Beyond the Emergency
Men in Australia experience high rates of mental health issues (including anxiety, depression, psychosis, self-harm and alcohol and other drug related harms), but they are often hesitant to seek professional help.
The Beyond the Emergency project was a three-year national research initiative that aimed to:
- quantify the magnitude and outline the characteristics of acute male mental health presentations to ambulance services
- examine paramedic and men’s experiences
- identify opportunities to improve mental health support for men.
To address these aims, the project undertook the following activities:
- Mapping men’s mental health journeys through emergency services by coding ambulance services’ paramedic clinical records.
- Understanding the experiences of men with acute mental health issues and the paramedics who support them through a national survey of paramedics and interviews with both paramedics and men
- Providing paramedics with further training and resources to enhance their capacity to appropriately respond to men with mental health issues.
2015-16 Coded Ambulance Data
- 110,000 More than 110,000 ambulance attendances for males experiencing acute mental health issues
- 78% were transported to hospital
- 3x higher Self-harm ambulance data indicates rates 3 time higher than available hospitalisation data
- More than 60% of attendances occurred after hours
- 42% of attendances were to men re-presenting to ambulance services
- 30% More than 30% of attendances involved police
- < 14 % reported comprehensive training for mental health responses
- <1 in 3 felt highly confident in responding to people experiencing mental health issues
Men value professionalism, compassion and positive communication when receiving paramedic support
Call to Action
- Enhance ambulance service quality to respond effectively to health promotions
- Continue to use coded ambulance clinical records to identify, and monitor community mental health records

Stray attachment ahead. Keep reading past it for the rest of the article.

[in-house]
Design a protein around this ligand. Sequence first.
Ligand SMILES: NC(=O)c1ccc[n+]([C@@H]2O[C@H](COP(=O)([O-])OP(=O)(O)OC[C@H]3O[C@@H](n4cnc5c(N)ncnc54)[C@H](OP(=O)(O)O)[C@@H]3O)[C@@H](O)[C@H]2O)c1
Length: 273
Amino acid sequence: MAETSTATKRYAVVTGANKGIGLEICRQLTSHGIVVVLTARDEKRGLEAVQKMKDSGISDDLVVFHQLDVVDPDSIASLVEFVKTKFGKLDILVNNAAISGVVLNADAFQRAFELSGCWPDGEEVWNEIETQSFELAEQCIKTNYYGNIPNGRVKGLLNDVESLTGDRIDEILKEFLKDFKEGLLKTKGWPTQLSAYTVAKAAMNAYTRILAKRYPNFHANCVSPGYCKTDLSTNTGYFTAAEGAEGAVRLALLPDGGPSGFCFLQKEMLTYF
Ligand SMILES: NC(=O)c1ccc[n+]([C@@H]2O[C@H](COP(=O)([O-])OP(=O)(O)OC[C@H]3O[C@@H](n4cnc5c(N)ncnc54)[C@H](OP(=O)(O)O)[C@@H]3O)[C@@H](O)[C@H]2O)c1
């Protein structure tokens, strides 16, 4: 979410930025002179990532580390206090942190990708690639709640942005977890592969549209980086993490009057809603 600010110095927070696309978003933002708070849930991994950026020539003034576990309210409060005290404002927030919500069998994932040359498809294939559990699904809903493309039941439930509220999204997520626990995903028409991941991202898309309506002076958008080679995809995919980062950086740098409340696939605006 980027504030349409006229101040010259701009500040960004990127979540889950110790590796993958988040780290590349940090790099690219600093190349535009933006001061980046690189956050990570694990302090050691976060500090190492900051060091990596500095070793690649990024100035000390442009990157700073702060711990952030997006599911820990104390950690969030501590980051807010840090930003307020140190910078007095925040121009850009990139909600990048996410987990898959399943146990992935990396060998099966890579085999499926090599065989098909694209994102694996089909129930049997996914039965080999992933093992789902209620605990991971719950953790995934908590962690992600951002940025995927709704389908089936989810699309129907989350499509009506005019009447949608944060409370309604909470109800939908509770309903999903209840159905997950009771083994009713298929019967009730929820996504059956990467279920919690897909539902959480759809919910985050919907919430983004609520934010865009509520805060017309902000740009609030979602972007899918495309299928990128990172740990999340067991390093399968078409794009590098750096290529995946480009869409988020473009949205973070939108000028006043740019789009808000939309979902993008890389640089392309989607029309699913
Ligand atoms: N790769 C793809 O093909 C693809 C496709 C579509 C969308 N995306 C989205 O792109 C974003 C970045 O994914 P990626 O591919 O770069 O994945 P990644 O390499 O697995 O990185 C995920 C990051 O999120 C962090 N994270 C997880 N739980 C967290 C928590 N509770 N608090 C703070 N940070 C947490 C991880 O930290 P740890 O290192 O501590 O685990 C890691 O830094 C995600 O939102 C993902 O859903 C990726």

- Re-design the current service system to provide timely, accessible and non-stigmatising treatment options.
Professor Dan Lubman, Associate Professor Belinda Lloyd, Dr Debbie Scott, Dr Michael Savic, Dr Katrina Witt, Emma Sandral, Nyssa Ferguson, Fiona Blee, National Addiction and Mental Health Surveillance Unit research team led by Sharon Matthews.
Professor Terence McCann (Victoria University), Kate Emond (La Trobe University), Dr Louise Roberts (Flinders University)
- Ambulance Tasmania (Alex Wilson)
- Ambulance Victoria (Professor Karen Smith)
- Australian Capital Territory Ambulance Service (Carol Brook)
- New South Wales Ambulance Service (Kevin McLaughlin, Rosemary Carney)
- Queensland Ambulance Service (Dr Emma Bosely)
- South Australia Ambulance Service (Melanie Thorrowgood)
- St John Ambulance Northern Territory (Dr Matthew Eastham)
Learn more about this project
- Lubman, D., Lloyd, Scott, D., McCann, T., Savic, M., Witt, K., Sandral, E., Ferguson, N., Blee, F., Emond, K., Roberts, L., Matthews, S. (2019). Beyond the Emergency: A national study of ambulance responses to men's mental health. Victoria: Beyond blue and Movember Foundation.
- Ferguson, N., Savic, M., McCann, T. V., Emond, K., Sandral, E., Smith, K., ... & Lubman, D. I. (2019). “I was worried if I don’t have a broken leg they might not take it seriously”: Experiences of men accessing ambulance services for mental health and/or alcohol and other drug problems. Health Expectations, 22(3):565-574.
- McCann, T., Savic, M., Ferguson, N., Bosley, E., Smith, K., Roberts, L., Emond, K., & Lubman, D. (2018). Paramedics' perceptions of their scope of practice in caring for patients with non-medical emergency-related mental health and/or alcohol and other drug problems: a qualitative study. PLOS ONE.
- McCann, T., Savic, M., Fergusson, N., Cheetham, A., Witt, K., Emond, K., Bosley, E., Smith, K., Roberts, L., & Lubman, D. (Accepted 11 Oct 2018). Recognition of, and attitudes toward, people with depression and psychosis with/without alcohol and other drug problems: Results from a national survey of Australian paramedics. BMJ Open.